about all over the place when it really needs to stay at the end of the
'console'.
I am having some success with the combined (read only) Rich Text Box
together with a Text Box for input - I have managed to run 'Dir' in a
Command Window and pipe the output back to the Rich Text Box.
The main goal of the project is to keep my brain exercised which seems
to be working :)

Have you explored the possibility of embedding emacs or vim?

((I don't if this is even possible ...))
 
P

Peter Duniho

Jeff said:
In my retirement I have started to look at Prolog again - in particular
interaction between a C# NET app and Amzi prolog. I want to try and
write something like the (usually extremely crude) IDEs that I have come
across with many Prolog incantations - broadly an editor taking up about
three quarters of the main window and a 'console' under that where you
can type commands that will act on the file in the editor.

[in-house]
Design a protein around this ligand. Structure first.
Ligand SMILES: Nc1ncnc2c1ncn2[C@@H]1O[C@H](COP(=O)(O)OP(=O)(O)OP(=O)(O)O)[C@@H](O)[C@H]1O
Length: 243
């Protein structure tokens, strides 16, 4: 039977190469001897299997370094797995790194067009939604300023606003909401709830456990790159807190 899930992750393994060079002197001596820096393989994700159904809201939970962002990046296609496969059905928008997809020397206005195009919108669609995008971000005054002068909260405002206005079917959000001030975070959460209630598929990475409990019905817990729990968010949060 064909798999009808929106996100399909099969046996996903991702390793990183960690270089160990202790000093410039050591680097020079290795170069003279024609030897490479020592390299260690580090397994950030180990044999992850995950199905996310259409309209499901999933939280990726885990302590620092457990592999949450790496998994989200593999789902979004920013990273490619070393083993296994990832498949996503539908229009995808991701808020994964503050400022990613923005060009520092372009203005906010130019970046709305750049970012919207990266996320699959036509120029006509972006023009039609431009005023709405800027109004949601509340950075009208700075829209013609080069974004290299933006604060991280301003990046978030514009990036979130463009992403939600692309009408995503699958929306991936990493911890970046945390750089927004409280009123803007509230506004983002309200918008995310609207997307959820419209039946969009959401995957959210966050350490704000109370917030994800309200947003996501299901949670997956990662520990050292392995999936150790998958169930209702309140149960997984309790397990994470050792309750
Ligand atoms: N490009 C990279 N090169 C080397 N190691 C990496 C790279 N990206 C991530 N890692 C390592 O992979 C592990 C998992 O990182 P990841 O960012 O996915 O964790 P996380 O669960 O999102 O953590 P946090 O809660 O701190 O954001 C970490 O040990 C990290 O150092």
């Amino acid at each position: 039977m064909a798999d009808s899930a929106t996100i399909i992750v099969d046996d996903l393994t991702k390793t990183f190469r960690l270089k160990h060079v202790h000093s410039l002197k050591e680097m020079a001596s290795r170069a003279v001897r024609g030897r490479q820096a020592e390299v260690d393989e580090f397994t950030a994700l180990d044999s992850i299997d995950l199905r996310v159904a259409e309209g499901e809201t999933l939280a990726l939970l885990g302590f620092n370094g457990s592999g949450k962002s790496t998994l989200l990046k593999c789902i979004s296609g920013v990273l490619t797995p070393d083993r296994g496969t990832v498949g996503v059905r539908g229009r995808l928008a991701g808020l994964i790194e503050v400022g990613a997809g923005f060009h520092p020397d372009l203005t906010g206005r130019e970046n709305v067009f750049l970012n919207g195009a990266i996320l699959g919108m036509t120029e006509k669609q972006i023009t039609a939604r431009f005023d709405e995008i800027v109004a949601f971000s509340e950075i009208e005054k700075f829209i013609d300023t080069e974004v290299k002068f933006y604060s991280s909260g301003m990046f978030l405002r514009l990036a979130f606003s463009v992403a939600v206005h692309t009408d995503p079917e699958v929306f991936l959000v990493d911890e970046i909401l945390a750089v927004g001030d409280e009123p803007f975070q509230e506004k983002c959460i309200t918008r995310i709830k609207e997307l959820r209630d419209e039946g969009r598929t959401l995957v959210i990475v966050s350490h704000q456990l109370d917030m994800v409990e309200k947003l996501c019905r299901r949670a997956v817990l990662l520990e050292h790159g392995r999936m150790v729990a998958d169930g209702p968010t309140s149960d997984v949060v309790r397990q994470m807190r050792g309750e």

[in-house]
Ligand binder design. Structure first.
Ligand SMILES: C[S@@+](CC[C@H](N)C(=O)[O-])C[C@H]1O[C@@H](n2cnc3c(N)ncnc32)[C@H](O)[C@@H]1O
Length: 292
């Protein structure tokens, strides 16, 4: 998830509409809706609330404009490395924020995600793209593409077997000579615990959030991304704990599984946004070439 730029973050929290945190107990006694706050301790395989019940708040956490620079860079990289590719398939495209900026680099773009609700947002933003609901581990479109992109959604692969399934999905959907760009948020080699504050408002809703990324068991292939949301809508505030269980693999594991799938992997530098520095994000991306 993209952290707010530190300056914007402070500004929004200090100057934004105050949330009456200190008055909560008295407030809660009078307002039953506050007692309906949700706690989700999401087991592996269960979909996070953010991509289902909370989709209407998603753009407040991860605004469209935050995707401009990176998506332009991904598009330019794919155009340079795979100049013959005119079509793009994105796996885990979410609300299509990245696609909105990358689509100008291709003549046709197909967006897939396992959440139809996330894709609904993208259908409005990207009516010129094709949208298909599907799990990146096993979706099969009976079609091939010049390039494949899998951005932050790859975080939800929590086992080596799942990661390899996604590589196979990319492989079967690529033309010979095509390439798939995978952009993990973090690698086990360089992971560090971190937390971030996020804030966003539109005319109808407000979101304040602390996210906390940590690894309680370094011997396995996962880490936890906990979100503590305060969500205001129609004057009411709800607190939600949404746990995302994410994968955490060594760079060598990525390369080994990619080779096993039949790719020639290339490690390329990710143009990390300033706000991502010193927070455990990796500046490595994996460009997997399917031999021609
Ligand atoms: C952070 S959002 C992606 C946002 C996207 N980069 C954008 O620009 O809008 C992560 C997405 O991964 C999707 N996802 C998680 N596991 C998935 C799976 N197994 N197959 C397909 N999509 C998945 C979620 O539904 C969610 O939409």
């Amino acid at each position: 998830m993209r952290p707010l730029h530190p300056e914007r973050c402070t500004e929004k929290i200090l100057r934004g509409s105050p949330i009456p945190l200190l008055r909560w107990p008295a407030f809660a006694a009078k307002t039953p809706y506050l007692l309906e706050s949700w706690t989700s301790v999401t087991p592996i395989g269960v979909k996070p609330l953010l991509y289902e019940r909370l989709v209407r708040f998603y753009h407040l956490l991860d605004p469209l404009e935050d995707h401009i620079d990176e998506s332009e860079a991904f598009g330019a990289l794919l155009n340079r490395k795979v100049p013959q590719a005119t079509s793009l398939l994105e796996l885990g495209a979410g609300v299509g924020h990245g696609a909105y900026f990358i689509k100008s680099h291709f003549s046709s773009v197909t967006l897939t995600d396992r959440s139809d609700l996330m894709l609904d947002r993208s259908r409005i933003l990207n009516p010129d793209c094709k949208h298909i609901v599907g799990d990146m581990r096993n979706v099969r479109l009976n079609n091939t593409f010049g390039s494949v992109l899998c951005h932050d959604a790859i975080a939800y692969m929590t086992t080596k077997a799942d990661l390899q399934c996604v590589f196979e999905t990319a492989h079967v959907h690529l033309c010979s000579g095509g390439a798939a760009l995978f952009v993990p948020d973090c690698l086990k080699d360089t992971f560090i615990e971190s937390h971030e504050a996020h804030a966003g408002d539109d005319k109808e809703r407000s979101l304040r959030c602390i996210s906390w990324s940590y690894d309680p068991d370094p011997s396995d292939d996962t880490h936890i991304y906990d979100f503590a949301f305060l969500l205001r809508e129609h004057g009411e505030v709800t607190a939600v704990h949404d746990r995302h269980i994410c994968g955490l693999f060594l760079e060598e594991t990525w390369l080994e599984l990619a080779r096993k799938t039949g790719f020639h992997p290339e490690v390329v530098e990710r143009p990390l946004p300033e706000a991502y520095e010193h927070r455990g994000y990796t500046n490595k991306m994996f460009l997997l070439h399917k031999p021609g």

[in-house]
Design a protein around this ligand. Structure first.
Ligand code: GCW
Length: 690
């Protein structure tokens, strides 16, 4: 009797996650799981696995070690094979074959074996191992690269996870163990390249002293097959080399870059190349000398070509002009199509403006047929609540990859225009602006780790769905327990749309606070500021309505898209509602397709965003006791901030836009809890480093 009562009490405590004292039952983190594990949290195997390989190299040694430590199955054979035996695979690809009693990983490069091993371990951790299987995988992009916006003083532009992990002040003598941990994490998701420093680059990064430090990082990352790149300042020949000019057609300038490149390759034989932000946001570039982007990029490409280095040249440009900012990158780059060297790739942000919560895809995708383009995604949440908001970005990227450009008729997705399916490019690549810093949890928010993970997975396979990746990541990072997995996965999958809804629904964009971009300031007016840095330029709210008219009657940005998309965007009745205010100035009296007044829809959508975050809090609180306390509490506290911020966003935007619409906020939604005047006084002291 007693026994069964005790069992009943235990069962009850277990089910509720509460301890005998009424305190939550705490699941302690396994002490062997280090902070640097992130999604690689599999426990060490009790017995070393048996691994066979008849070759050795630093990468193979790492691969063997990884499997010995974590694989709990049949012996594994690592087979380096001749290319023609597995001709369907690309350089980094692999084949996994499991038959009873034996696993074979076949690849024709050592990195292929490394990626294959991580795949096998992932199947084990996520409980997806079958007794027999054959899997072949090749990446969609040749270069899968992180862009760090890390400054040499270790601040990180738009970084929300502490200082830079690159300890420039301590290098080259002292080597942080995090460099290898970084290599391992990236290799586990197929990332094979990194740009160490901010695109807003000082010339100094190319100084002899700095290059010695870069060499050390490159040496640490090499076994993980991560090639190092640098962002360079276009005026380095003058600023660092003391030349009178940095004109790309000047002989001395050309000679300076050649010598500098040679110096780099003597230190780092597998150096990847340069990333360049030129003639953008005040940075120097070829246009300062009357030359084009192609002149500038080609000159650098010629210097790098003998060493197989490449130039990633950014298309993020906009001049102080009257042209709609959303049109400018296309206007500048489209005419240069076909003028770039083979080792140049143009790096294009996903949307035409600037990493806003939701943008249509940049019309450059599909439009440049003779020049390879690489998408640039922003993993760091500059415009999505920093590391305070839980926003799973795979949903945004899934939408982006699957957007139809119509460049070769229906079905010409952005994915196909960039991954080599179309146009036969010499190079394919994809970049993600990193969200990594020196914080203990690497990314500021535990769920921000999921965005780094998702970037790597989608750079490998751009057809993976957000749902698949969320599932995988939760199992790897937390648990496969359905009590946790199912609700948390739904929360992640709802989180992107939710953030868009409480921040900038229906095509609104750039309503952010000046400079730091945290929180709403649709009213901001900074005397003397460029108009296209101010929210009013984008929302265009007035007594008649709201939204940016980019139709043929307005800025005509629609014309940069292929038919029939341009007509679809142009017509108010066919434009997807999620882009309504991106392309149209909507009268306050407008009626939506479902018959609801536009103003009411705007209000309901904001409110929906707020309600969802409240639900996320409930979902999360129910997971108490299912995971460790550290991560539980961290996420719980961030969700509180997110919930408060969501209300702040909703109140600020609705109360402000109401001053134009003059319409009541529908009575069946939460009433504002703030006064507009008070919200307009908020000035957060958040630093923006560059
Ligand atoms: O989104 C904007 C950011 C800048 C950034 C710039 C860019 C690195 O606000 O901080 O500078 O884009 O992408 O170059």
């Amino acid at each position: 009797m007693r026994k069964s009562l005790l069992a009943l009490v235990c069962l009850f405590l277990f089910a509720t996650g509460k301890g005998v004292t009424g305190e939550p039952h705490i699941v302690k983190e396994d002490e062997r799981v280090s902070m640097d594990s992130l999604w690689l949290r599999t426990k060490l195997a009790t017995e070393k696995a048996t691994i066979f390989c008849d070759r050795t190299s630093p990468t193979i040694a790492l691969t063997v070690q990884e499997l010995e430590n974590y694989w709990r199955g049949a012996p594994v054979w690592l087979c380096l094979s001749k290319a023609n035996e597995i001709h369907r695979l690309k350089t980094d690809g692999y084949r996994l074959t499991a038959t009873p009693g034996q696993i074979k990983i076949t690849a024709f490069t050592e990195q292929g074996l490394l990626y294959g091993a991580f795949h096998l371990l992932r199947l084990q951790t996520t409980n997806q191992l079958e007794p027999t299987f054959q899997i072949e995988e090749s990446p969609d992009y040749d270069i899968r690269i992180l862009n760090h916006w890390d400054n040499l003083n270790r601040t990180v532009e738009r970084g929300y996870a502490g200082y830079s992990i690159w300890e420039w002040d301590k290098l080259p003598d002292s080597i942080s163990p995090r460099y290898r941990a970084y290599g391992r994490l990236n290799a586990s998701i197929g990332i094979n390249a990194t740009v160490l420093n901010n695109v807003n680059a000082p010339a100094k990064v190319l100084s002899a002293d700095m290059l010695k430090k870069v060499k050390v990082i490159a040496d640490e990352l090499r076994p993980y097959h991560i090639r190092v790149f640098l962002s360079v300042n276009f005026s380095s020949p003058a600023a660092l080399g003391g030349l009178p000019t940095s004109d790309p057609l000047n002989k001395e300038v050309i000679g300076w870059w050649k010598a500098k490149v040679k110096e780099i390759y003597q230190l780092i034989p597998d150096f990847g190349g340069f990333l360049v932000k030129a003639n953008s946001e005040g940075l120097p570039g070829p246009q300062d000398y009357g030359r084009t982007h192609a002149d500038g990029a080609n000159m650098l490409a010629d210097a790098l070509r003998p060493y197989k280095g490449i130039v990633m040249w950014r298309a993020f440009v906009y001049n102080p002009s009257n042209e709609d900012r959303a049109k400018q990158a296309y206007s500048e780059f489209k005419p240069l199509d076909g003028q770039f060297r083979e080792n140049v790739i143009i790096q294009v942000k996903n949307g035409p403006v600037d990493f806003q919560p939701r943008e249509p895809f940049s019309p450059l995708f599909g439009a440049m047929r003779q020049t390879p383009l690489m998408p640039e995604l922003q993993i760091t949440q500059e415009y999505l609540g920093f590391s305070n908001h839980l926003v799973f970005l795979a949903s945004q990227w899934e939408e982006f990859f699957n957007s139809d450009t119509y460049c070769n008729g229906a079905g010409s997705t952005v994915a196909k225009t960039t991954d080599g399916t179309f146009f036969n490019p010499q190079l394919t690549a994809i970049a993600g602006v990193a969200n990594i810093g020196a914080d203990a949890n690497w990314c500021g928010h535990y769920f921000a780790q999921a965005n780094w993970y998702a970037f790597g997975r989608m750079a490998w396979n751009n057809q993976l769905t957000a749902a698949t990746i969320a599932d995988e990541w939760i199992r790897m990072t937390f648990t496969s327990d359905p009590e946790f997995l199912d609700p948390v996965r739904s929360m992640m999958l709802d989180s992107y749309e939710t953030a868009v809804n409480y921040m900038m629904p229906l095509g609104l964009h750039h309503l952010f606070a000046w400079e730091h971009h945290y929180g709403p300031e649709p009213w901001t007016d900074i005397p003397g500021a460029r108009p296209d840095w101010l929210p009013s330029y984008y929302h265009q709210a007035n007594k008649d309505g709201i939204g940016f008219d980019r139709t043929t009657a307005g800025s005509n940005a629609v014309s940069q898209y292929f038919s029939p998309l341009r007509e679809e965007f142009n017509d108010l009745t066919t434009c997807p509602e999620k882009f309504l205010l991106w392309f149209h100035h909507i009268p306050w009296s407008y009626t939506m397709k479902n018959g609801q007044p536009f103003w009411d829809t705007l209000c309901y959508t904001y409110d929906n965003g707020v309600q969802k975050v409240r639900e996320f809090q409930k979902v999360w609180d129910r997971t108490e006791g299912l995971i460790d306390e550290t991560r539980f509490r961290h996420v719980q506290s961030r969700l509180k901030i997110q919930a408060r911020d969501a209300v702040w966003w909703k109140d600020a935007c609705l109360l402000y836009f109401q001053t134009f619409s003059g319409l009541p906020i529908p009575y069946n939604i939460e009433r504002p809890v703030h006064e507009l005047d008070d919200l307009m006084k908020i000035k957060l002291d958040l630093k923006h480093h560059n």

Okay, so basically it's what I said: your program is really a GUI
program, but you have a desire to include a console-like control in the GUI.
All the IDEs I've come across have a similar issue - the cursor wanders
about all over the place when it really needs to stay at the end of the
'console'.

Why does it need to stay there? Would it not suffice for the cursor to
return to the proper position if the user types something into the
console? Is it really your intent to prevent the user from being able
to select and copy output from the console-like control?

Something else to think about: while I understand your description of
other Prolog IDEs (though unfortunately have no first-hand experience
with it...when I was playing with Prolog, all I had was a strictly
command-line UI, no graphical/curses IDE at all :( ), the idea of using
a console to execute commands seems counter-intuitive in the context of
a GUI. Generally, the point of the GUI is to replace typed-in commands
with graphical interactions (buttons, menus, etc.). So maybe it's worth
considering not trying to follow so closely examples that may not be all
that great to start with, and coming up with something better? :)

Pete
 
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J

Jeff Gaines

Okay, so basically it's what I said: your program is really a GUI program,
but you have a desire to include a console-like control in the GUI.

Yes - it's for immediate testing of the Prolog code before it gets
compiled to be used by a C# app.